DPD Makes Improvements to Its Crime Scene Unit

Dallas' real-life "CSI" using some new methods

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    NEWSLETTERS

    Dallas' crime-scene investigation unit is using make some changes aimed at saving time and reducing crime.

    Unlike the flashy "CSI" TV shows, the Dallas Police Department's Crime Scene Response Section has been using some low-tech methods.

    DPD Improves Its "CSI" Unit

    [DFW] DPD Improves Its "CSI" Unit
    Dallas' crime-scene investigation unit is using new methods aimed at saving time and reducing crime.

    "We've been working on this for a number of years," Deputy Chief Craig Miller said. "It's finally coming to fruition, and everybody's really excited about the potential this program has."

    Miller briefed the City Council Public Safety Committee on several changes in the unit this week.

    Previously, digital photographs gathered at a scene were put on CDs and sent to detectives by hand, sometimes at distant substations.

    The Dallas unit has just started using a software program to share crime scene photos immediately on a computer network.

    "This way, we're going to be able to quickly disseminate the information to those detectives throughout the city who need that data quicker," said Ron Everett, forensic services administrator.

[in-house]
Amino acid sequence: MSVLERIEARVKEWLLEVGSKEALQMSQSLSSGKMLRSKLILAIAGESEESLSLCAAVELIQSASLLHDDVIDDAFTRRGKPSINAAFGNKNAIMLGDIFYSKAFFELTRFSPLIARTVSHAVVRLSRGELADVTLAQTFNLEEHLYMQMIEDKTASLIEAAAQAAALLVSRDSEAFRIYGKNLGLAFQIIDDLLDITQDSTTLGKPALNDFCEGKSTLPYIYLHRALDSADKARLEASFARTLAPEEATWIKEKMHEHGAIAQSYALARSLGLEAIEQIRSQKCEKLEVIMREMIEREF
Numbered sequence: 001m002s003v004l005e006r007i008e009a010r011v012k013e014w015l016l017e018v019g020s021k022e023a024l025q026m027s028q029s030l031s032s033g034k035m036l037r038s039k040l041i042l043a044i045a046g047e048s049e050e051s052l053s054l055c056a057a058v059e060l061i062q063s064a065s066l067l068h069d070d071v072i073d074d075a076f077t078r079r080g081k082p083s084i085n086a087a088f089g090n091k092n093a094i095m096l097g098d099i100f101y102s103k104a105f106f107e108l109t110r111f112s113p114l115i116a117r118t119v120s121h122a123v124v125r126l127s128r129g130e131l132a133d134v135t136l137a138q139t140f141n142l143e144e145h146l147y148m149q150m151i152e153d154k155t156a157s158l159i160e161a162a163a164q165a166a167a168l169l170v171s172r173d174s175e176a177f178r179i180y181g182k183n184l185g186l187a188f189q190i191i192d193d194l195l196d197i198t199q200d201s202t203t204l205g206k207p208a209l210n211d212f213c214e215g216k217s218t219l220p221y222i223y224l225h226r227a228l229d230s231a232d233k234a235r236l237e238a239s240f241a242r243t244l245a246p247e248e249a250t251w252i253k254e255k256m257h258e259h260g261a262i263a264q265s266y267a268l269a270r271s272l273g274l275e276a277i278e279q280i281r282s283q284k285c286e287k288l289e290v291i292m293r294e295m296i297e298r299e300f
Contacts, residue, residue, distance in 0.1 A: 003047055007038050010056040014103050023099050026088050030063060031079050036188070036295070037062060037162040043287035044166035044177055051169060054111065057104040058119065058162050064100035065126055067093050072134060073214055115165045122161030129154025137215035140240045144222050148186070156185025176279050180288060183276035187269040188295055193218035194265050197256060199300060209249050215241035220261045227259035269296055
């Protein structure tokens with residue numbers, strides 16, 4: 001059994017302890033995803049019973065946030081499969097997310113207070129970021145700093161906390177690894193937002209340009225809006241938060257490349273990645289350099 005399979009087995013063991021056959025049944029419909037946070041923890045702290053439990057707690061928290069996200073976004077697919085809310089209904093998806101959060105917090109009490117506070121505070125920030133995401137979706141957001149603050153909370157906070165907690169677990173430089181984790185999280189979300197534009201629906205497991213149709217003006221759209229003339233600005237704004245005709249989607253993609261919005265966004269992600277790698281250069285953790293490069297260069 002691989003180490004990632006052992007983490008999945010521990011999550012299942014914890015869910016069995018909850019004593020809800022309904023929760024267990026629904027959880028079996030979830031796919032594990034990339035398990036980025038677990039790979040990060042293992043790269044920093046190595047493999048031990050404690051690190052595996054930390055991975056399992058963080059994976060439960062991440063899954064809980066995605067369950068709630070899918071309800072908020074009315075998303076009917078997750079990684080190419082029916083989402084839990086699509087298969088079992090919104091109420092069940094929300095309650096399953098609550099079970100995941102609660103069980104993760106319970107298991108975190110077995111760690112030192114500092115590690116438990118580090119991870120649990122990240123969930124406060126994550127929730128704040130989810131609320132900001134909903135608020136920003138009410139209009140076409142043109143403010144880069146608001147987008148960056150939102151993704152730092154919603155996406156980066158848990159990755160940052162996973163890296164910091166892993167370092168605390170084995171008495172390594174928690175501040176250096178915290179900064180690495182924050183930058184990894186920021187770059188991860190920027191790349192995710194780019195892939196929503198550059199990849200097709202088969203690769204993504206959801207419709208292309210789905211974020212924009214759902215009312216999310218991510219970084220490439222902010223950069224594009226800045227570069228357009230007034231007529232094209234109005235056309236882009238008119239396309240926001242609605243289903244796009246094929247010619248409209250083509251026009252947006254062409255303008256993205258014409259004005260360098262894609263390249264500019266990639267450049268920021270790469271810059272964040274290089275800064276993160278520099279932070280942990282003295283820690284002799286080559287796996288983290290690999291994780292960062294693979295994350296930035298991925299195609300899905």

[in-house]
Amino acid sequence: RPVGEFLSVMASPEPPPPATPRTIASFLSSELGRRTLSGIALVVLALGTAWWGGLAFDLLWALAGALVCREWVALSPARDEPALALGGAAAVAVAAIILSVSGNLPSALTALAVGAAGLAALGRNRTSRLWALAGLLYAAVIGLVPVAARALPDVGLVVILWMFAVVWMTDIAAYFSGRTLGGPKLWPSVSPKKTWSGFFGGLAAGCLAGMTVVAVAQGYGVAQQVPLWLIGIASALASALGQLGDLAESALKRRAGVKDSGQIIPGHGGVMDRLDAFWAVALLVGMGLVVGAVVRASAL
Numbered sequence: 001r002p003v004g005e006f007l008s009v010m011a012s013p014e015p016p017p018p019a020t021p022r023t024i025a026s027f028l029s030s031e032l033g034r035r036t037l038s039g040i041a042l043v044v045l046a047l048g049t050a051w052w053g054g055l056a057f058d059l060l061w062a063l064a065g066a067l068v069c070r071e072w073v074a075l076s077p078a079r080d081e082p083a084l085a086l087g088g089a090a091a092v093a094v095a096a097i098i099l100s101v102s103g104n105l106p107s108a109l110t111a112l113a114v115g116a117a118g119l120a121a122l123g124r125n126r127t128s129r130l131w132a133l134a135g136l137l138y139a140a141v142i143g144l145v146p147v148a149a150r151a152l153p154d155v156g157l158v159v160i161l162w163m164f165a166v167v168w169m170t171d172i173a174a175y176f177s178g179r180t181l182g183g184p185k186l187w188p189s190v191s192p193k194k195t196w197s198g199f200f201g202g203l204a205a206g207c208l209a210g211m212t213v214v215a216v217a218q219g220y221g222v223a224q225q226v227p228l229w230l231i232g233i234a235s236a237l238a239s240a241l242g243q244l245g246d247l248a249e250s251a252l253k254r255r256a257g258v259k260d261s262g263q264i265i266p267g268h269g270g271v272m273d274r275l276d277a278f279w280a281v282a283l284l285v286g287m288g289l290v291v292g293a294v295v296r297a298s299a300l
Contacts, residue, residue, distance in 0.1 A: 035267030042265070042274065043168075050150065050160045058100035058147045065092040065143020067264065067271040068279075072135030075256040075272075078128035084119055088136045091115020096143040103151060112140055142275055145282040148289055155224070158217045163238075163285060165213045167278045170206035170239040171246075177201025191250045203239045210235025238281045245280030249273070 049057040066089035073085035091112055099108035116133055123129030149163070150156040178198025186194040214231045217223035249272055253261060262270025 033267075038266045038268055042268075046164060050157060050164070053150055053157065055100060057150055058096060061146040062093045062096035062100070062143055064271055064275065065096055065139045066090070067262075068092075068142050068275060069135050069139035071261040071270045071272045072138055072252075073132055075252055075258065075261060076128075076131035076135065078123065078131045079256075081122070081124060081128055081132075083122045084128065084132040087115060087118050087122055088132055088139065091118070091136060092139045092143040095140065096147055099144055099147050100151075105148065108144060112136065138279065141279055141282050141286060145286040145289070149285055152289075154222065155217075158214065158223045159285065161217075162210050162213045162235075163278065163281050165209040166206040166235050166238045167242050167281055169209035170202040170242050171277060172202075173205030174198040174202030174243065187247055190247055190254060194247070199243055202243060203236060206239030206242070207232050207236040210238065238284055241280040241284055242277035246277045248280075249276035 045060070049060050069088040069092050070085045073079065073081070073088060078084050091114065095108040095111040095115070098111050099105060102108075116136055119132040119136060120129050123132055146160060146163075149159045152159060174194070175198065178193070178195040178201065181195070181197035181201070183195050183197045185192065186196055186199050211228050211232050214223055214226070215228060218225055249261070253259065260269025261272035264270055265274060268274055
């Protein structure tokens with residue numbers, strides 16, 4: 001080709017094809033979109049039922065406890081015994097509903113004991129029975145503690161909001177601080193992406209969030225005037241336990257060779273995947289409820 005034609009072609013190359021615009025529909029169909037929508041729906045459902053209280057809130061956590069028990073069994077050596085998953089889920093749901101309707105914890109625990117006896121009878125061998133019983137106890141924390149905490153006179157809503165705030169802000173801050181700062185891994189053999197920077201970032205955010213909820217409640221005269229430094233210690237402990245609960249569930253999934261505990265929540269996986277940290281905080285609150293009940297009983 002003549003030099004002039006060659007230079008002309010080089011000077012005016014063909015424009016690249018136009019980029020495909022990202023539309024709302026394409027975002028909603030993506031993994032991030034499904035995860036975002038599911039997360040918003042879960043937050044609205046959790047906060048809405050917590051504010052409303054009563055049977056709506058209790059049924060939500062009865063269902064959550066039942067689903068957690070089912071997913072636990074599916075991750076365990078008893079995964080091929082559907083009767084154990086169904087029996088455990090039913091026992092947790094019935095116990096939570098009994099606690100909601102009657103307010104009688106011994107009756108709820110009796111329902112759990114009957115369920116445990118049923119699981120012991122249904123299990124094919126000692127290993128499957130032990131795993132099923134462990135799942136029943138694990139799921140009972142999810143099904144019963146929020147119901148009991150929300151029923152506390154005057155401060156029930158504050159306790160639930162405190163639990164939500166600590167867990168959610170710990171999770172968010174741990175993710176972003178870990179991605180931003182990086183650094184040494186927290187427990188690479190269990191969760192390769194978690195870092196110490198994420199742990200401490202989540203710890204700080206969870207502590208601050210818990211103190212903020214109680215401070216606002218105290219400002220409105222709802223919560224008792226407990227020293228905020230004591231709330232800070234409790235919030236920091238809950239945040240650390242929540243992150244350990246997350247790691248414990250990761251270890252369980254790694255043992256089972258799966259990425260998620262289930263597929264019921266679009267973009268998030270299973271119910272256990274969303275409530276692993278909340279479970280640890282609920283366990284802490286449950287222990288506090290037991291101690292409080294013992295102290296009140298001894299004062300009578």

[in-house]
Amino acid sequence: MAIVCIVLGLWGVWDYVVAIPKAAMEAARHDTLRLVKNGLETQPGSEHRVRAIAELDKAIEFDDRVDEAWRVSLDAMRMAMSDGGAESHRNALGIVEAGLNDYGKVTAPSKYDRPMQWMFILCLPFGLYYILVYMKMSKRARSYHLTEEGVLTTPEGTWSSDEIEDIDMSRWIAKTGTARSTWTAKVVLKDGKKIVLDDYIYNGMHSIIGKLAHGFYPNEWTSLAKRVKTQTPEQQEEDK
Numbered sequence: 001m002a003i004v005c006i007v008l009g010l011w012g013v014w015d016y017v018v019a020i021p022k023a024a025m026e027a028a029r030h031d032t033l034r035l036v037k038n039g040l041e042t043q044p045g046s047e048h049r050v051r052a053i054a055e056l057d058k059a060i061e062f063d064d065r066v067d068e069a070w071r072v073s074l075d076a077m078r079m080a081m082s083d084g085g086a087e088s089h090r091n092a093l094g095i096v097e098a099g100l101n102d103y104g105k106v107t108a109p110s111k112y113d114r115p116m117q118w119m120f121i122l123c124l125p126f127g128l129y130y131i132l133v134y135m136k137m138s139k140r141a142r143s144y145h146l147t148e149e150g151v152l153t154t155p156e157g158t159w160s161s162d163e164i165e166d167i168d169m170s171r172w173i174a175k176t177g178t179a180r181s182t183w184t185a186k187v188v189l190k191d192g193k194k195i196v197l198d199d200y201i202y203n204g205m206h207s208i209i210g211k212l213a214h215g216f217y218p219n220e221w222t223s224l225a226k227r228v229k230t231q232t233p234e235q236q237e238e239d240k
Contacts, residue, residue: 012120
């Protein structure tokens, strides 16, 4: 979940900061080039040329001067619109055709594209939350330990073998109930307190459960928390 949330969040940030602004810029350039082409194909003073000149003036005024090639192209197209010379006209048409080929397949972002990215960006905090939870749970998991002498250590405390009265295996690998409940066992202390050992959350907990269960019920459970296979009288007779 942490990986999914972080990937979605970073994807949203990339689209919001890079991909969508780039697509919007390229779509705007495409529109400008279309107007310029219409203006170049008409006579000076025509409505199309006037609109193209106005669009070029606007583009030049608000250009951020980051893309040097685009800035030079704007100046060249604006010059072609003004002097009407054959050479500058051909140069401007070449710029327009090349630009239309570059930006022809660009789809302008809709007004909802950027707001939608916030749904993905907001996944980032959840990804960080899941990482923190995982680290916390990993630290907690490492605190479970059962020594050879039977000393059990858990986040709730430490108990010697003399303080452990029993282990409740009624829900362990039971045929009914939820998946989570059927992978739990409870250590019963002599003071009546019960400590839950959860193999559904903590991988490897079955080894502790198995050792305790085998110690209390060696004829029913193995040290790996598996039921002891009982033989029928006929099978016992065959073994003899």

The unit is based at police headquarters on South Lamar Street with 74 officers and civilians who gather and analyze evidence, including fingerprints, for the entire city.

    There can be long delays sending experts to crime scenes.

    "Especially if it's rush hour traffic in the morning or the evening or there's a wreck on the freeway, yeah, it's tough," said detective Dan Town, a crime-scene evidence expert.

    Now, patrol officers who volunteer will be trained and equipped to take basic photos and fingerprints at minor property crime scenes when they respond to write a report instead of wait for experts to arrive for the task.

    "We want to make it so that citizens don't have to wait an unnecessary time, and then [that] we don't keep patrol officers -- at the same time -- tied up at a crime scene," Miller said.

    Officials hope that more people gathering evidence from more crime scenes faster could increase the number of cases cleared and perhaps improve the chance that stolen property is returned.

    "That's our goal, is to help the detectives clear these cases, recover the property and to help the victims," Everett said.

    Police figures show the overall Dallas crime rate was down about 10 percent through March 31, on top of reductions in each of the past several years.

    Department brass hope measures such as the crime-scene procedures will help keep the trend going.